First drive: Mini Cooper Clubman

The bigger little Mini is here. But does it measure up?

Mini Cooper S Clubman Mini USA

After months of making the rounds at every conceivable auto show, the 2008 Mini Cooper Clubman is finally on sale in the U.S.

The wagon-style Clubman is billed as a roomier car that still maintains the personality of the original Mini. To some, it seems like a perfect combination of form and function. But for me, the idea of a big Mini just seems ... well ... against what makes a Mini a Mini. One thing's for sure: the Clubman just seems to be one of those cars that people either love or hate.

Part of the point of making the bigger car is, obviously, to accommodate more stuff. The third door, which opens up suicide-style on the passenger's side, makes it easy for back seat passengers to get in and out -- but it does look a tad strange. And the double doors in back make way for a fair amount of cargo space.

The problem is, when we drove the 1.6-liter, 118-horsepower Clubman, we found it struggling to give us the power we needed. And that was with two adults and no cargo. I couldn't imagine trying to get that thing through the hills of San Francisco with a full trunk. While the handling, which Mini describes as "go-kart" style, was pretty quick and responsive, the car just couldn't keep up with our demands. Of course, one major benefit of the smaller engine is fuel economy - an estimated 37 miles per gallon on the highway and 28 miles per gallon in the city with the manual transmission (34/26 automatic) -- as long as you drive it alone and empty on relatively flat roads.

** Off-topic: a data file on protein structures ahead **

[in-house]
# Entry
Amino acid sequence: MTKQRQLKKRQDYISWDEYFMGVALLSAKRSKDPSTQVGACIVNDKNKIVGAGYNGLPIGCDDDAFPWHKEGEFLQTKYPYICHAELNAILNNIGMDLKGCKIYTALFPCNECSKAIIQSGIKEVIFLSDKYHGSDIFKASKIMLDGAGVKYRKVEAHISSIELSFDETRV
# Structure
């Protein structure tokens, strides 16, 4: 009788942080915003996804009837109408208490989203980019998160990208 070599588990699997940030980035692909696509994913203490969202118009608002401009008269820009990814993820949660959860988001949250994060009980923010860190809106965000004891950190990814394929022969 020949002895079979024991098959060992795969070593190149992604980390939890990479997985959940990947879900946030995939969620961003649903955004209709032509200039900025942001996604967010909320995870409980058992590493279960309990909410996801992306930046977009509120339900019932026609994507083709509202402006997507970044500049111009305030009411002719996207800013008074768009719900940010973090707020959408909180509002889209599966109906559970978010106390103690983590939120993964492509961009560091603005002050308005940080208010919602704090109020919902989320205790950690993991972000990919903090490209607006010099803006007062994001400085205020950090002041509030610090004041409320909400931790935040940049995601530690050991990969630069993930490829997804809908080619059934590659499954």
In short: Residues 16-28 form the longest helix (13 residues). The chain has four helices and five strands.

The Clubman S, however, was a different story. The car had plenty of pep, and while we didn't take it up any steep hills, it was able to reach highway speed and pass other cars with relative ease. But the extra performance drops the gas mileage down to 34 miles per gallon on the highway and 26 miles per gallon in the city with the manual gearbox (32/23 for the automatic).

There's no doubt that the Mini Cooper Clubman will have its loyal followers. Its signature Mini styling cues, along with some model-specific features, definitely attract attention. But unless you're willing to spring for the more powerful engine, be prepared to curse those steep city streets. And for $25k, there are plenty of other cars that could make it up the hill. Although the alternatives might not look as hip.

About the author

    Laura Burstein is a freelance automotive and technology journalist. She covers car news and events for a variety of companies including CNET, General Motors, and Mercedes-Benz. Laura is a member of the Motor Press Guild and the BMW Car Club of America, and spends much of her spare time at high-performance driving schools, car control clinics, and motorsports events. She's also an avid Formula 1 fan. When she's not at the track, Laura's rubbing elbows with car cognoscenti at auto shows, auctions, design events, and various social gatherings. Disclosure.

     

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